The mustache is the right size, even if it could have been waxed a little bit more. Agatha Christie loved the 1974 movie, but one of her complaints was that Albert Finney’s mustache was too small for Poirot. She would have expressed the same complaint about Peter Ustinov and David Suchet’s moustaches.

    Reply
    • natticus54

      Ya I feel the same! I was taken aback at first cause I love Davis Suchet’s Poroit so much, but then I thought, no, Agatha Christie meant it to be big and beautiful! I went and saw the movie opening night and absolutely LOVED it!!

      Reply
  6. Kate D

    I enjoyed the look of the movie. I was not as offended by Kenneth’s mustache as I thought I’d be, I thought he did a fine job with his overall interpretation (though David Suchet is Poirot to me forever).

    The treatment of the plot did not impress me, David Suchet’s Murder on the Orient Express episode was much better and made Poirot’s storyline make much more sense! I think by changing the mystery that happened immediately before he got on the train, his whole character drama and moral dilemma was completely lost.

    Removing Poirot’s Catholic faith and washing away the moments of Protestant/Catholic sparring between Poirot and the missionary woman passenger made the themes of mercy and judgement in this movie version anemic at best.

    Reply
  7. Jan

    I absolutely loved the mustache and felt it perfectly embodied the essence of the most particular and exacting M. Poirot. But then I’ve read all the books.

    Reply
  8. Sarah F

    The thing that creeped me out most about the stache is that half of it is actually cheek hair, shaved and styled so that the lip hair will blend into it.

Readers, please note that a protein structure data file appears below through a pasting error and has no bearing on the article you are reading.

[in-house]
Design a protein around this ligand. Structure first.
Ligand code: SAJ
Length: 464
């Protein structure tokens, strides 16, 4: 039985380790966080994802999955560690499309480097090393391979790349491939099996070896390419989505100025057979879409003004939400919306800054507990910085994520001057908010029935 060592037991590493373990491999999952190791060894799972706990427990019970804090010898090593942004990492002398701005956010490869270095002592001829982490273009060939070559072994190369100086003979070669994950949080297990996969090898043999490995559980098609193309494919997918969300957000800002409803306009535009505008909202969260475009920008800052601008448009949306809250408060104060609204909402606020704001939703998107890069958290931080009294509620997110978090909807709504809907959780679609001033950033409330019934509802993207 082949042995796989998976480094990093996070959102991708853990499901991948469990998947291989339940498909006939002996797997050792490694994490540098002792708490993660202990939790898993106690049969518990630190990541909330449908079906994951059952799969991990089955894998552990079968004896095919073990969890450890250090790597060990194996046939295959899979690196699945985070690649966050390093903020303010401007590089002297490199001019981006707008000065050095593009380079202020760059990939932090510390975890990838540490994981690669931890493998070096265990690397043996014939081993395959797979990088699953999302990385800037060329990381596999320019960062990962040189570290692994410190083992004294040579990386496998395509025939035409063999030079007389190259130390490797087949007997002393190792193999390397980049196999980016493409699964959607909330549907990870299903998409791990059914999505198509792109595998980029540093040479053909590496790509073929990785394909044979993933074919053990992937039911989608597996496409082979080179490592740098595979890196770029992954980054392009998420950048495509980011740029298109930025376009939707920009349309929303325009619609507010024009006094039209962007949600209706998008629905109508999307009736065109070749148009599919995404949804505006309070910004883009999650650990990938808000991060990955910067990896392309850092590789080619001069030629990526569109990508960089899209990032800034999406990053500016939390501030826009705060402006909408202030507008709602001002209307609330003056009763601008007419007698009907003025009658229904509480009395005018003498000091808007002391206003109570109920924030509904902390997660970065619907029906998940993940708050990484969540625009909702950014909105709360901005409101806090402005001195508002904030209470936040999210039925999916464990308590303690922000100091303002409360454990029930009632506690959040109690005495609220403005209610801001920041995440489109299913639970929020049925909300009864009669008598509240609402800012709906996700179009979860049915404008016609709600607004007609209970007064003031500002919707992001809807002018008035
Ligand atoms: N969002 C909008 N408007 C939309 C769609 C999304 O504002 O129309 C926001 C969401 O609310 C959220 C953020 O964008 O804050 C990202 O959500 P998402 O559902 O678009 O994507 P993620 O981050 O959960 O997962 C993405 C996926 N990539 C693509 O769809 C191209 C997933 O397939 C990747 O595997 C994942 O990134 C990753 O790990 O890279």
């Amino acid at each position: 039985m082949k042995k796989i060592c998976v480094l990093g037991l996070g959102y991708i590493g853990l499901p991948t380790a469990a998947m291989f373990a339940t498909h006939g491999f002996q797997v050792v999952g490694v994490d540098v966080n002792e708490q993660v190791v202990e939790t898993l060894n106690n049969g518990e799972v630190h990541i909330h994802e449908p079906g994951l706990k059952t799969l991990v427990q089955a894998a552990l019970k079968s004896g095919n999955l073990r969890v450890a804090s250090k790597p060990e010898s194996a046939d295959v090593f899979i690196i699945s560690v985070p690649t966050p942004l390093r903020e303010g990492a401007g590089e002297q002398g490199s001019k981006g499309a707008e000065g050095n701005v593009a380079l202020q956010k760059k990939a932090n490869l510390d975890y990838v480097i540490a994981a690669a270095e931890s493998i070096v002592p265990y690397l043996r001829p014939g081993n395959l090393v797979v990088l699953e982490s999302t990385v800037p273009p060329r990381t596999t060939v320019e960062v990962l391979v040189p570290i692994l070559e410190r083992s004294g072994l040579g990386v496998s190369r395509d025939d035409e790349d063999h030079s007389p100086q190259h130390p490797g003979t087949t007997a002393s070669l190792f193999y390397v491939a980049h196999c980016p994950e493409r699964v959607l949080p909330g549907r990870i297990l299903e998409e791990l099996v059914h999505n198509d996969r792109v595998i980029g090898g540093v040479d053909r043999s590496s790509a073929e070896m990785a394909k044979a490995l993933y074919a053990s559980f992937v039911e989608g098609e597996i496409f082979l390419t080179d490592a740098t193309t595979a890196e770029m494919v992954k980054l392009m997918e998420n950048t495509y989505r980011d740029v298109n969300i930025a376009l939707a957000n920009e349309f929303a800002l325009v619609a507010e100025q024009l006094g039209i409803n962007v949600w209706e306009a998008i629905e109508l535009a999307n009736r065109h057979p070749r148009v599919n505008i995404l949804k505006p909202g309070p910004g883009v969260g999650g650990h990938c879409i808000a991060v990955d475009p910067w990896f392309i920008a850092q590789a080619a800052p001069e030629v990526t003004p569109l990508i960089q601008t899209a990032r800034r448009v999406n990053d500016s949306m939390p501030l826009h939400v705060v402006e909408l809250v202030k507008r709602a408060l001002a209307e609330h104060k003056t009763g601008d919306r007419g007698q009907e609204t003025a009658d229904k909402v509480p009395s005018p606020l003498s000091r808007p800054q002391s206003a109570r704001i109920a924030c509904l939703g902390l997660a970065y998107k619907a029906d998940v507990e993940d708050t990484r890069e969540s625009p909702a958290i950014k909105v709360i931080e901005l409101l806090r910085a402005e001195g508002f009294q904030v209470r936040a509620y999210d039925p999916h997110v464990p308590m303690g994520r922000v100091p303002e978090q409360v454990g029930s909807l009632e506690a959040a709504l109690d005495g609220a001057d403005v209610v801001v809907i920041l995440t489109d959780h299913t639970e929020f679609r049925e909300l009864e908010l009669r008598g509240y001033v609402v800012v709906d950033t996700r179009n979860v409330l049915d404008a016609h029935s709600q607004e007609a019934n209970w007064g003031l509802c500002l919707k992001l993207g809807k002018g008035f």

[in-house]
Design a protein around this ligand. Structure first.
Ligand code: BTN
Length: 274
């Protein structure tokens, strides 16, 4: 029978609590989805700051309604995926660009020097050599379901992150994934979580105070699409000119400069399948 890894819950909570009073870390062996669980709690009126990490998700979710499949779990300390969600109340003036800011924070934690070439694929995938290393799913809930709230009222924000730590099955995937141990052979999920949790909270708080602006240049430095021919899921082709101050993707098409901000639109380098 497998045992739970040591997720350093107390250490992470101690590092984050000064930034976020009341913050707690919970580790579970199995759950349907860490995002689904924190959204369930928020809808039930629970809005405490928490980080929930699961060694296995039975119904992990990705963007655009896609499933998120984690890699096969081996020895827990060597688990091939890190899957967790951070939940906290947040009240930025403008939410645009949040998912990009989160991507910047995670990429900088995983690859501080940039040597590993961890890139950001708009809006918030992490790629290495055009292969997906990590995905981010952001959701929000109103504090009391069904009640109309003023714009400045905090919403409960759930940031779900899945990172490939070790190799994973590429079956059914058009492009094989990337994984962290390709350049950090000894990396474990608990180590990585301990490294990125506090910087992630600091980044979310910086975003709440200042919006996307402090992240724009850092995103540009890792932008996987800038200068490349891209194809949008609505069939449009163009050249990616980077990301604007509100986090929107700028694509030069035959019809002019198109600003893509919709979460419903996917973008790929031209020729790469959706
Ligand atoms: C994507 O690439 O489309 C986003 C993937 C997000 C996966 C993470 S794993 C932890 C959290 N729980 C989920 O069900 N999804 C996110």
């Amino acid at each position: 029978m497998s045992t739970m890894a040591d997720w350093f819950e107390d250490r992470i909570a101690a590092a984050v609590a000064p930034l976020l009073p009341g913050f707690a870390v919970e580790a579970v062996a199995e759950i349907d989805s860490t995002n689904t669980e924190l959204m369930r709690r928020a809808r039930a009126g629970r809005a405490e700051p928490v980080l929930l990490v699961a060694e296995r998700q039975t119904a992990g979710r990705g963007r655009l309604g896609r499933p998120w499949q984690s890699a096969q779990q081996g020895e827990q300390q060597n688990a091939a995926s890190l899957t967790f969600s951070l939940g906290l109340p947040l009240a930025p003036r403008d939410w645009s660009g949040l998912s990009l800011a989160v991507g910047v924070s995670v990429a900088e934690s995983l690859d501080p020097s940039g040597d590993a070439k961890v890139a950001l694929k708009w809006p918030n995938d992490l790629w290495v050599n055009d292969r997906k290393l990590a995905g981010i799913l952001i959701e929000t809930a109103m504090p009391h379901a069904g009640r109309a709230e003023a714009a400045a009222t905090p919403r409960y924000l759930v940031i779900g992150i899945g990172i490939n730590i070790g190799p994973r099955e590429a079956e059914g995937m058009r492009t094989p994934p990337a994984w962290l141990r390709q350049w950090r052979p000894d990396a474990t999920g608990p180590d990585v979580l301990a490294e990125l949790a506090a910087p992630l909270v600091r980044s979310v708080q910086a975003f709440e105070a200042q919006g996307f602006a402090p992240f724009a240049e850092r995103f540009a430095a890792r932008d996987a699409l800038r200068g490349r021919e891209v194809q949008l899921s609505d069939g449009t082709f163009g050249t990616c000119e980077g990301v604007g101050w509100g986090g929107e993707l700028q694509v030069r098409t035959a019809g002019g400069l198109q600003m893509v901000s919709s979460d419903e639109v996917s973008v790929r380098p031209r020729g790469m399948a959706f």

That’s fucking weird.

    Reply
  9. MoHub

    I don’t care for the ‘stache, but I could almost live with it if it weren’t for the soul patch.

    Reply
  10. picasso Manu

    I feel there is something un-Belgian about that ‘stache. Probably the handlebar… And yes, I want to smack that soul patch with a rolled newspaper.
    Dame Dench is perfect, as always.

    I’ll wait till TV diffusion, though: Just like Joan Hickson was the ultimate Miss Marple, for me, David Suchet was the ultimate Poirot.

    Not that it’s any obstacle to enjoy… I grew up with Mrs Christie novels, I know them like old friends. So I’m sure not watching for the suspense! (and am always surprised when people say they don’t know them. Isn’t she the second most published author after the Bible? Not to mention all those films and Tv series!)

    Reply
  11. Liutgard

    What disturbs me is how old Ken is looking. He’s three years older than I am, and looks more than ten years older. Rode hard and put away wet?

    Reply
  12. Sophie

    I’ve loved Michelle Pfeiffer for years (baby’s first gay crush haha) but I can’t bring myself to watch anything with Depp in it. So this one will be a no from me, no matter how nice the costumes are. :/

    Reply
  13. Hari

    Bloody beautiful clothing..Didn’t look costume”y” if you like well- made garment,hair, styling..you will enjoy the movie. It adds not distracts.